Answer: I had IPL with Dr Ellen Marmur of Mount Sinai School of Medicine, so I asked her to answer this question. Dr Marmur used the Luminis IPL with two handpieces– the 560nm and the 590nm. “Both of them focus on red spots, blood vessels and brown freckles” she explained. “The treatment settings vary from patient to patient based on skin color and the amount of the target to be removed. For example, I use lower settings for freckles to avoid over-heating the skin.’ Dr Marmur also warned against getting IPL when tanned ” You need to avoid the sun for at least wo weeks prior to IPL treament ” she warned.
IPL Road Rules
IPL or Intense Pulsed Light is a form of light that is related to laser technology, but far less invasive. It operates in the top layers of the skin and can remove unwanted hair, small red lines and spots as well as freckles,brown spots, and dark patches. It is practically painless, and leaves the skin a bit red rather than burned and oozy like true lasers.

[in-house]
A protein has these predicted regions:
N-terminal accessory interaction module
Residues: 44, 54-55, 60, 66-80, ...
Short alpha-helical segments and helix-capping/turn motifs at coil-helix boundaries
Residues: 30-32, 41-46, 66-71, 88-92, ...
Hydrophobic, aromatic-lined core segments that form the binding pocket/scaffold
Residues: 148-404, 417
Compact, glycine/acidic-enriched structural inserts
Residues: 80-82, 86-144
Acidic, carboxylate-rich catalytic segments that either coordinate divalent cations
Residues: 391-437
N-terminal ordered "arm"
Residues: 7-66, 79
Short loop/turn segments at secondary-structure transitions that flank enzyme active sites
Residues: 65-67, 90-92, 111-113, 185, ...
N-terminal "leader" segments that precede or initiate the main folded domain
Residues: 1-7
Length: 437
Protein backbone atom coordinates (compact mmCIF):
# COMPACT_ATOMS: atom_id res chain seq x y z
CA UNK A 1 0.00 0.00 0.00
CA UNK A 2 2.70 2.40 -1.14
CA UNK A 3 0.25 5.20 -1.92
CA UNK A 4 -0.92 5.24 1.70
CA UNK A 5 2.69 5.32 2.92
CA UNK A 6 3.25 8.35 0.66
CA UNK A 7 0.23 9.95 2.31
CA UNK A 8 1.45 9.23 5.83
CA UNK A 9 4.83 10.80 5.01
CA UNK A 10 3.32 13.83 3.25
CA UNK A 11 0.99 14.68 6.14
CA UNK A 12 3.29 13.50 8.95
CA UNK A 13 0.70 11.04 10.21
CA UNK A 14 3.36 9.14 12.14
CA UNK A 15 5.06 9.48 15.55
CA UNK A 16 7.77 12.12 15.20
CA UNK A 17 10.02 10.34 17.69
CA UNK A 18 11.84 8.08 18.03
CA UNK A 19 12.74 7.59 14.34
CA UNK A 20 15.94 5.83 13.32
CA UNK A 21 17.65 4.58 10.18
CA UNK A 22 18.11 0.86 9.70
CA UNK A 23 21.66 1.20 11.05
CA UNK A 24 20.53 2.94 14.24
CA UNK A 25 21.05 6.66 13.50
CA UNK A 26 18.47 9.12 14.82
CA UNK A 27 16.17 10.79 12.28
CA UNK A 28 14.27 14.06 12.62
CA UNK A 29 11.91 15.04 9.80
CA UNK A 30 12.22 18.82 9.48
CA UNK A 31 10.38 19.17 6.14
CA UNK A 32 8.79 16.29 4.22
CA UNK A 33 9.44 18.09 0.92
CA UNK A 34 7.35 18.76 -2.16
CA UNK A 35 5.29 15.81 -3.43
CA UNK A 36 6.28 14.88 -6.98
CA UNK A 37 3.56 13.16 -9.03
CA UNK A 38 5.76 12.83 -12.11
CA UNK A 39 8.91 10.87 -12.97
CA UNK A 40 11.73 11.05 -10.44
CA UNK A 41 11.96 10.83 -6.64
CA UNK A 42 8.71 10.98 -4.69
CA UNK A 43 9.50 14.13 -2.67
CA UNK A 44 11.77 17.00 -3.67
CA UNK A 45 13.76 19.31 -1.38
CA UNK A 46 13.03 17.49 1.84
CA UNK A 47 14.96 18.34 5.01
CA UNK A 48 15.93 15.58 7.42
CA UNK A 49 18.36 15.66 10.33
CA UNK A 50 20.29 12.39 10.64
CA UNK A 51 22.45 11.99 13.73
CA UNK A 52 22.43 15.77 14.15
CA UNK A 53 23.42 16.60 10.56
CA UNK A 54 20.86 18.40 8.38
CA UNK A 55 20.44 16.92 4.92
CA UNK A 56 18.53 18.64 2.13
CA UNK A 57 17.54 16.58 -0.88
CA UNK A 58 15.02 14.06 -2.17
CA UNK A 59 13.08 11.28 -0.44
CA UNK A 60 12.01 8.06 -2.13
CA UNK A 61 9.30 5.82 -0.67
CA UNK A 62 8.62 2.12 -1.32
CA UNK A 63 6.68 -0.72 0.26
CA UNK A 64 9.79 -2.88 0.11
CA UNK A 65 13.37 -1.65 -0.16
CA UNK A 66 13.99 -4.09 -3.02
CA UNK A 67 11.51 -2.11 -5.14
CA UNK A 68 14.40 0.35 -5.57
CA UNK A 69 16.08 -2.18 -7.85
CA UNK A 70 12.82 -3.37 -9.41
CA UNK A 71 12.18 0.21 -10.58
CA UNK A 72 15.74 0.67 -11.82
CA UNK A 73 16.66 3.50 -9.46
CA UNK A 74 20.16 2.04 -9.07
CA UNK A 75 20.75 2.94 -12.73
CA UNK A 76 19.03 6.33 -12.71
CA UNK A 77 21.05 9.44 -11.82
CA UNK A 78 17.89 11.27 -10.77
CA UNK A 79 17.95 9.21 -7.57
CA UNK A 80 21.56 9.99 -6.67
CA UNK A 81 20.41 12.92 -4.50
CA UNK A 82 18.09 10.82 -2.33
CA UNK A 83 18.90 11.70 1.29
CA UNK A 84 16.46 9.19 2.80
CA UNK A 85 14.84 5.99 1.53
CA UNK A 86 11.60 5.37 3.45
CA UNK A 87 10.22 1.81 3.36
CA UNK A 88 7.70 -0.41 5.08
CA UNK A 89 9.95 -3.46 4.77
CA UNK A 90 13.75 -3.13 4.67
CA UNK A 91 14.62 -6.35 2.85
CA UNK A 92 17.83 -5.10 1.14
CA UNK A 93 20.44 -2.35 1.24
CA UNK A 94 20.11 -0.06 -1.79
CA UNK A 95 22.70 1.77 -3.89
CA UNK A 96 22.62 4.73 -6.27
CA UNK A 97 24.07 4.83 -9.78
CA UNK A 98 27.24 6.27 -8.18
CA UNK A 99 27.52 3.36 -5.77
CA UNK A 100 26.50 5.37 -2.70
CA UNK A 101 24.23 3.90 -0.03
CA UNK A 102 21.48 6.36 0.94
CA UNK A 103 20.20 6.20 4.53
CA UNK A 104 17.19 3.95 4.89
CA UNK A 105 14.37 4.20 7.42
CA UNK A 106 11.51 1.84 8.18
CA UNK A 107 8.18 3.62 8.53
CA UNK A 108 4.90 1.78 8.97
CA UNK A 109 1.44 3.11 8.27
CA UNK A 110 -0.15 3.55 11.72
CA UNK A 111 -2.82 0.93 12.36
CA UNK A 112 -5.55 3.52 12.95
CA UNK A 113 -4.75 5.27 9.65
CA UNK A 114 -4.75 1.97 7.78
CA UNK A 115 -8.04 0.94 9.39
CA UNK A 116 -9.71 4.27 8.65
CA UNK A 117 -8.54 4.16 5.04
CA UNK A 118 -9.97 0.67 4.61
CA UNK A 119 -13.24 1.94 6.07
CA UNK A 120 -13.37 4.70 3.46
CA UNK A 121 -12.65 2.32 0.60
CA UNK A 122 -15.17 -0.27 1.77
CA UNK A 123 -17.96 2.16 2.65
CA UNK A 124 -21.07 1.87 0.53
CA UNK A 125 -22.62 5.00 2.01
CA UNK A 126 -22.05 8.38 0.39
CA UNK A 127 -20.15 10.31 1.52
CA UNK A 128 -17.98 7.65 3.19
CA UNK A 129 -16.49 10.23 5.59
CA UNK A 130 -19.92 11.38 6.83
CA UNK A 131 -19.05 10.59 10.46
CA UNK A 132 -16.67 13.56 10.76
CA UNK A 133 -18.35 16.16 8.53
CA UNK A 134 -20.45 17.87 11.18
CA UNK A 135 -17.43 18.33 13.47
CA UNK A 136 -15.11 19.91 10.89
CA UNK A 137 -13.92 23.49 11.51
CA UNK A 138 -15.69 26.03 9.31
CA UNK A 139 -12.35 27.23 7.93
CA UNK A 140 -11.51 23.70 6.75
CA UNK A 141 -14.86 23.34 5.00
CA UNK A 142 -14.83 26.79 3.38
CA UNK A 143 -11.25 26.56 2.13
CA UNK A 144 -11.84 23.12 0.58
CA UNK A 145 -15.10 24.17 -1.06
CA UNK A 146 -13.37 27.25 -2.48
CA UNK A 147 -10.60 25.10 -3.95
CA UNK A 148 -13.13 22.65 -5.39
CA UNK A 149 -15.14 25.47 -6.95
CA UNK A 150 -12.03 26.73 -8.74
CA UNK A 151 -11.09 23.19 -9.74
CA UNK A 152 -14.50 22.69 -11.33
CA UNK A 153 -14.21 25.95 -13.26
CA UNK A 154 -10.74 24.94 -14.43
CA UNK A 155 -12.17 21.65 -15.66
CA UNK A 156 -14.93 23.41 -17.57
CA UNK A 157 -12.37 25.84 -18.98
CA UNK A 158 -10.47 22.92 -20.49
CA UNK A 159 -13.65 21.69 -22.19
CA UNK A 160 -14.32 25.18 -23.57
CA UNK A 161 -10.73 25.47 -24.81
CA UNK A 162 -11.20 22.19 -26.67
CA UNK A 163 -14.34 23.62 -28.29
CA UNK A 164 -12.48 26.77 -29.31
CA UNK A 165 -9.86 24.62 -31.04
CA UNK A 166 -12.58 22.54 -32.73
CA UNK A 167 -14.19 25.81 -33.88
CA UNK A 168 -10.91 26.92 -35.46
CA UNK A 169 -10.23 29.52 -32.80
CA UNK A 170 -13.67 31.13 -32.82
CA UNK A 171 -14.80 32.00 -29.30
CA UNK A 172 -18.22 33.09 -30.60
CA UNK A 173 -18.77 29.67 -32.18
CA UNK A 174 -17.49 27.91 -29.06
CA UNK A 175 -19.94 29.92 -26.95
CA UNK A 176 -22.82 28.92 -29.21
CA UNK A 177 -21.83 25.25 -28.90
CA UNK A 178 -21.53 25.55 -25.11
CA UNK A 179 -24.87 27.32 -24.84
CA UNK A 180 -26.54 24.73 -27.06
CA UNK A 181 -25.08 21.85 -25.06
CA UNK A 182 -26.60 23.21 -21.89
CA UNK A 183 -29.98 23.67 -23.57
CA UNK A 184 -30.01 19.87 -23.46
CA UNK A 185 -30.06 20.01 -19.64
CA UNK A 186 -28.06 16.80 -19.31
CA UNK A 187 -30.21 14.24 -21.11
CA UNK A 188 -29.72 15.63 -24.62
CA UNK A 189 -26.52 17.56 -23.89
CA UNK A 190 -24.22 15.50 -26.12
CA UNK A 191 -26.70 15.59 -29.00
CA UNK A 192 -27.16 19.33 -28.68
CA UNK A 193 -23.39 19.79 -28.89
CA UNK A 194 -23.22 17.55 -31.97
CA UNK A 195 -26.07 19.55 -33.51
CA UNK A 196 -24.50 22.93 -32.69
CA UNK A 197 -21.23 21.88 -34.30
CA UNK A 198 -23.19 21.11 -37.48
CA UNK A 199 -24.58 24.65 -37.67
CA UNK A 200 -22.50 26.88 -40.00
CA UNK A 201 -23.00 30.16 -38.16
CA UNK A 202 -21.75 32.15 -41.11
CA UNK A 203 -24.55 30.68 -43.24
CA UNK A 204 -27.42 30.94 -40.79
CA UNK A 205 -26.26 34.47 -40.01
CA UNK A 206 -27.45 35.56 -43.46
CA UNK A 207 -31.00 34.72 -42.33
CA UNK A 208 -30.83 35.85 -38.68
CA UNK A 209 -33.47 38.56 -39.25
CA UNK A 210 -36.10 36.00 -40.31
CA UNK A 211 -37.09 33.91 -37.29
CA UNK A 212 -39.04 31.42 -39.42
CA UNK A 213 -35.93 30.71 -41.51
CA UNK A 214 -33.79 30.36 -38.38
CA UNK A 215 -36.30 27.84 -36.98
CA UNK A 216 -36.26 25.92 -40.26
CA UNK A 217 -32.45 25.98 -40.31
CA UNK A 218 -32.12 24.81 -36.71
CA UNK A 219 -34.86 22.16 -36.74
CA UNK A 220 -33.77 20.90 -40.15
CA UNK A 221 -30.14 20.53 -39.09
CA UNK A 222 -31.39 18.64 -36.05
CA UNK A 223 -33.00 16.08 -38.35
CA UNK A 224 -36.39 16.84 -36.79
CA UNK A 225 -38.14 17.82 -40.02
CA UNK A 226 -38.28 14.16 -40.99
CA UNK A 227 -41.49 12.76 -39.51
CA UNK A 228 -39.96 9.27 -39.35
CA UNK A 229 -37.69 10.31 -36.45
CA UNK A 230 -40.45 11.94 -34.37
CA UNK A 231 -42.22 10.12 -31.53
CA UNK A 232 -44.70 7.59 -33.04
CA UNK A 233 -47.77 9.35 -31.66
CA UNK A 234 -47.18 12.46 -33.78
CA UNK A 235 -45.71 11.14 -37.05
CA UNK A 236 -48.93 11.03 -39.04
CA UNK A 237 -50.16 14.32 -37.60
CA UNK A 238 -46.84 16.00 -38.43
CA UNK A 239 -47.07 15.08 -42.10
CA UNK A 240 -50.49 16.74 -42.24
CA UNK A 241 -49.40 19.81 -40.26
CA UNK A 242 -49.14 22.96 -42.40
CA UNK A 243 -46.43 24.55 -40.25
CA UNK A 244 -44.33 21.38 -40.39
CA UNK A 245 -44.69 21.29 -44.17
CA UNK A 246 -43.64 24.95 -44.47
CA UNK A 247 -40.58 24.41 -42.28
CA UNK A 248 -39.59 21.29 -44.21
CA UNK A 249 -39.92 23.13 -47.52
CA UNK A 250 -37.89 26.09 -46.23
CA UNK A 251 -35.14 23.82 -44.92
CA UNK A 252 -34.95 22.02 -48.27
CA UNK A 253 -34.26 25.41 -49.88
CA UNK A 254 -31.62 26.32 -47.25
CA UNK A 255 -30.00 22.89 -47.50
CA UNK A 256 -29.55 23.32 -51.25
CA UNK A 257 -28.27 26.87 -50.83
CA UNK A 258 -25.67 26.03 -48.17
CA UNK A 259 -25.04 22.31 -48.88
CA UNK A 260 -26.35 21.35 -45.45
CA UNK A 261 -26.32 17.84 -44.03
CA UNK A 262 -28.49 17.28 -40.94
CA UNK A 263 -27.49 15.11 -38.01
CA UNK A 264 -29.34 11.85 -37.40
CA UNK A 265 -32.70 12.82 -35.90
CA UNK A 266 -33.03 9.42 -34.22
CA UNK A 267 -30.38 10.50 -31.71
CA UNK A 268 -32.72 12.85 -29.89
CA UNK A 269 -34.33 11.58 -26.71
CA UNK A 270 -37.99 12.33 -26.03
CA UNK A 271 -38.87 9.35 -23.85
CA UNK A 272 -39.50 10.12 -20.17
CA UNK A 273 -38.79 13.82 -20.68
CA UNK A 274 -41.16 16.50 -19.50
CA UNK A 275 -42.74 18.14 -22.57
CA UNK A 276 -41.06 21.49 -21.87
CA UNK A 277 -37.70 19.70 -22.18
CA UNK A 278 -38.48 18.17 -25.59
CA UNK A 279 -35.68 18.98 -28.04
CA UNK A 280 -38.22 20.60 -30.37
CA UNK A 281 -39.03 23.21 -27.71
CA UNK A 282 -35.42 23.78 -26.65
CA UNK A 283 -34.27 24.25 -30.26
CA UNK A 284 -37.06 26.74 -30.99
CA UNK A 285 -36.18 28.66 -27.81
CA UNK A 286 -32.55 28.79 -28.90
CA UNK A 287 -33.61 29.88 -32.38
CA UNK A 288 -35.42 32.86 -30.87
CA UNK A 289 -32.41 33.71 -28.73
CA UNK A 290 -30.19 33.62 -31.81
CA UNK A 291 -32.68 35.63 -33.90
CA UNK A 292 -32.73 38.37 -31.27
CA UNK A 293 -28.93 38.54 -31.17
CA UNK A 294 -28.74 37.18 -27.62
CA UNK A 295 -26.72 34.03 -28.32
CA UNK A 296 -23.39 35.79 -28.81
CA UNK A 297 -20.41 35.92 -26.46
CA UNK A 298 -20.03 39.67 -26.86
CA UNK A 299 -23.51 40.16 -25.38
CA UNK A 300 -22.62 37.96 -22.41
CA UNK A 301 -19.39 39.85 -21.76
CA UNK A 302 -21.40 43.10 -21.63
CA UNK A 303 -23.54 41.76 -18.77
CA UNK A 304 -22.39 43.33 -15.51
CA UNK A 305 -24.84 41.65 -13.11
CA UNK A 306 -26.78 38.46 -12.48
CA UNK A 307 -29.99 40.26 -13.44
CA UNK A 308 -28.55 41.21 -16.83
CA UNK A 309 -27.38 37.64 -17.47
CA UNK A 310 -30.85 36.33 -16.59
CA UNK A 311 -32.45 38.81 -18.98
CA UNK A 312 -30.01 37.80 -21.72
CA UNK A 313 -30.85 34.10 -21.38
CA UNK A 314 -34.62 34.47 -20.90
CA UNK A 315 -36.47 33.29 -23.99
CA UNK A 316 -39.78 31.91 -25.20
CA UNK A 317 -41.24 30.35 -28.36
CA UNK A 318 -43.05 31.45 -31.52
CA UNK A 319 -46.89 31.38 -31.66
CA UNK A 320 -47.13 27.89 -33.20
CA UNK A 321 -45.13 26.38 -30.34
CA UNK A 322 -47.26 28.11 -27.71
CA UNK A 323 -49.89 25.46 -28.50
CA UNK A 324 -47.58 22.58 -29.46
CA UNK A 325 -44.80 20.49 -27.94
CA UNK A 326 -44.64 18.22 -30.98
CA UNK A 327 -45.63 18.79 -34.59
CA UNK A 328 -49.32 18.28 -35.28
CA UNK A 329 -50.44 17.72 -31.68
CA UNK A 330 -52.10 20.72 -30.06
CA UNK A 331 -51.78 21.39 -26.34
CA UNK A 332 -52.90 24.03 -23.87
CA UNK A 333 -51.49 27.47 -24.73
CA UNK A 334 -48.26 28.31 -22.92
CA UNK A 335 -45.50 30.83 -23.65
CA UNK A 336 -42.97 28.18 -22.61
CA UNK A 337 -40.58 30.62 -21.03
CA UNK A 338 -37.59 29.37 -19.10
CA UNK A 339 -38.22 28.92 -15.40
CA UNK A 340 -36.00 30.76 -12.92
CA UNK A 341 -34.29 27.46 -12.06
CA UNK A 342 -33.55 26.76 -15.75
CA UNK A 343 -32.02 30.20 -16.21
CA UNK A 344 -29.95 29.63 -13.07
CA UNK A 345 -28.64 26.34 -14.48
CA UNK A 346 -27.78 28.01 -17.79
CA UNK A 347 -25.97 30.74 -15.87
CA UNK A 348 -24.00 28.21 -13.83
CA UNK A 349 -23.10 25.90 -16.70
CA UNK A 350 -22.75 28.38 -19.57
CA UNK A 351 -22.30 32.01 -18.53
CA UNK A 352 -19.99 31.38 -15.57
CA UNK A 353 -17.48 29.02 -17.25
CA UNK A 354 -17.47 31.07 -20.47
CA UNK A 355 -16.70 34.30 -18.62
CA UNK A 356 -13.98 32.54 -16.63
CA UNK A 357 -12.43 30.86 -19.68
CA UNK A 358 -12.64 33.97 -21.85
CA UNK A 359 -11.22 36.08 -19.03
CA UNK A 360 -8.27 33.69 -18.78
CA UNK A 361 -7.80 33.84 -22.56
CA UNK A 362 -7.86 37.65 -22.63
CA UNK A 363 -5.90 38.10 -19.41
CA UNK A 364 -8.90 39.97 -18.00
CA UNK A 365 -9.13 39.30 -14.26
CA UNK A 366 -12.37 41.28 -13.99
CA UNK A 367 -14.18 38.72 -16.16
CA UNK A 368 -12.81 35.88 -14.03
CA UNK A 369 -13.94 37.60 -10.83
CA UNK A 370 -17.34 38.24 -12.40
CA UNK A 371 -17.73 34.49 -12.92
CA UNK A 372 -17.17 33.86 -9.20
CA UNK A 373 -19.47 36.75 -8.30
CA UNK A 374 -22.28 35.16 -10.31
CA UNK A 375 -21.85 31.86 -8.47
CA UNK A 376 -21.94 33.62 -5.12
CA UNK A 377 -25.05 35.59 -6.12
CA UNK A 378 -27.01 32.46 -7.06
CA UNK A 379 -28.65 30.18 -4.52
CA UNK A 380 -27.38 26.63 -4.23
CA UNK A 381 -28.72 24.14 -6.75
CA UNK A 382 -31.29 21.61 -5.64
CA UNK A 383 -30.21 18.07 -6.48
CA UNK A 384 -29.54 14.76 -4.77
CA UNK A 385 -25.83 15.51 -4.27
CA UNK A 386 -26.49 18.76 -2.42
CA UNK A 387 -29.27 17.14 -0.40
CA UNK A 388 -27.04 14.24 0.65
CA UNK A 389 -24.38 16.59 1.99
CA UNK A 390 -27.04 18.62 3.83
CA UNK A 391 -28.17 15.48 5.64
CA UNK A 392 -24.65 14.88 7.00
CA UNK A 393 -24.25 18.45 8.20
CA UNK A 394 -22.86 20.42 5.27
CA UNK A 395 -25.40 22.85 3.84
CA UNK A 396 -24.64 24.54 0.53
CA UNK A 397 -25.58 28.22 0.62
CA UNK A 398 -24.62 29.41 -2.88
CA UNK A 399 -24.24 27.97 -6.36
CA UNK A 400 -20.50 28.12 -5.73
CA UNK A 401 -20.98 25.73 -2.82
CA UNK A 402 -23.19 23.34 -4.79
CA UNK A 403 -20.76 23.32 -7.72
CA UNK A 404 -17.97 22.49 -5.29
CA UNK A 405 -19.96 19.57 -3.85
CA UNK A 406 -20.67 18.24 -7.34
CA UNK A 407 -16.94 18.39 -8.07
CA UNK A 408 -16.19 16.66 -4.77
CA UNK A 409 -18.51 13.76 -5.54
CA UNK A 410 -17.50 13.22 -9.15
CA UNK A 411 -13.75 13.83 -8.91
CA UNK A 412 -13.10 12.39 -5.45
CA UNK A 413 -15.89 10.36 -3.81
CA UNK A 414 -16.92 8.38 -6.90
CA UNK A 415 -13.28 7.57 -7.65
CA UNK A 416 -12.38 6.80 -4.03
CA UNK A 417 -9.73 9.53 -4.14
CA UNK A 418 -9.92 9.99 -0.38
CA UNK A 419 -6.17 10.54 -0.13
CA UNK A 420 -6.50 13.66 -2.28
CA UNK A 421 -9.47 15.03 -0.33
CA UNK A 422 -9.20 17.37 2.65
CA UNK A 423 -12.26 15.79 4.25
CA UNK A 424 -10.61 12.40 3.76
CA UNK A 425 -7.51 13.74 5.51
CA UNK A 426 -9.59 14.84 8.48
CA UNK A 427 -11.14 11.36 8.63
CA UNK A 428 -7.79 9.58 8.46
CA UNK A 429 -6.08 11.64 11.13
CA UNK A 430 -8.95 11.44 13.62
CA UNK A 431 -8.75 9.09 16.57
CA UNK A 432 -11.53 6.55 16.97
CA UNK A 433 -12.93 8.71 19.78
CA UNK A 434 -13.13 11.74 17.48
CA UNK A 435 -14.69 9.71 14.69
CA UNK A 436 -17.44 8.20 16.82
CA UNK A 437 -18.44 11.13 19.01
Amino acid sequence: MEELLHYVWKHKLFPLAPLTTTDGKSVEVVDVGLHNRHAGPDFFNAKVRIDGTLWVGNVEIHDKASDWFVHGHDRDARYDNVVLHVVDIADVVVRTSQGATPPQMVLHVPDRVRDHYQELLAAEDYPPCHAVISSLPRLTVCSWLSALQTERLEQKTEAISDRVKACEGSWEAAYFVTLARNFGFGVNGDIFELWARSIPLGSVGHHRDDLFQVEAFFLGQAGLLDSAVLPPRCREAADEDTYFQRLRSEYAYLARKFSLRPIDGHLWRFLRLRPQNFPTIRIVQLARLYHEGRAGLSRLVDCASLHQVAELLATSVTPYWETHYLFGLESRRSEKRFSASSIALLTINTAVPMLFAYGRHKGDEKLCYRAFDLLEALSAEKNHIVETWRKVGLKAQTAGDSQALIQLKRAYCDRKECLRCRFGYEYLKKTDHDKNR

But there are reports of problems with IPL. Because the light focuses on pigments in melanin, women with darker complexions are most at risk of developing irregular pigmentation. Even dark olive complexions should proceed cautiously with IPL.
Choosing the right setting, device and timing of applications is a learned skill. I met Dr Marmur though a smart, well-connected friend and I have found this type of one to one reccomendation is a great way to getting someone you can trust. I would also check out a doctors credentials to be certain that they have the training they need to give you healthy, beautiful results. For more info on IPL you can also check out an earlier post IPL- Five Top Questions.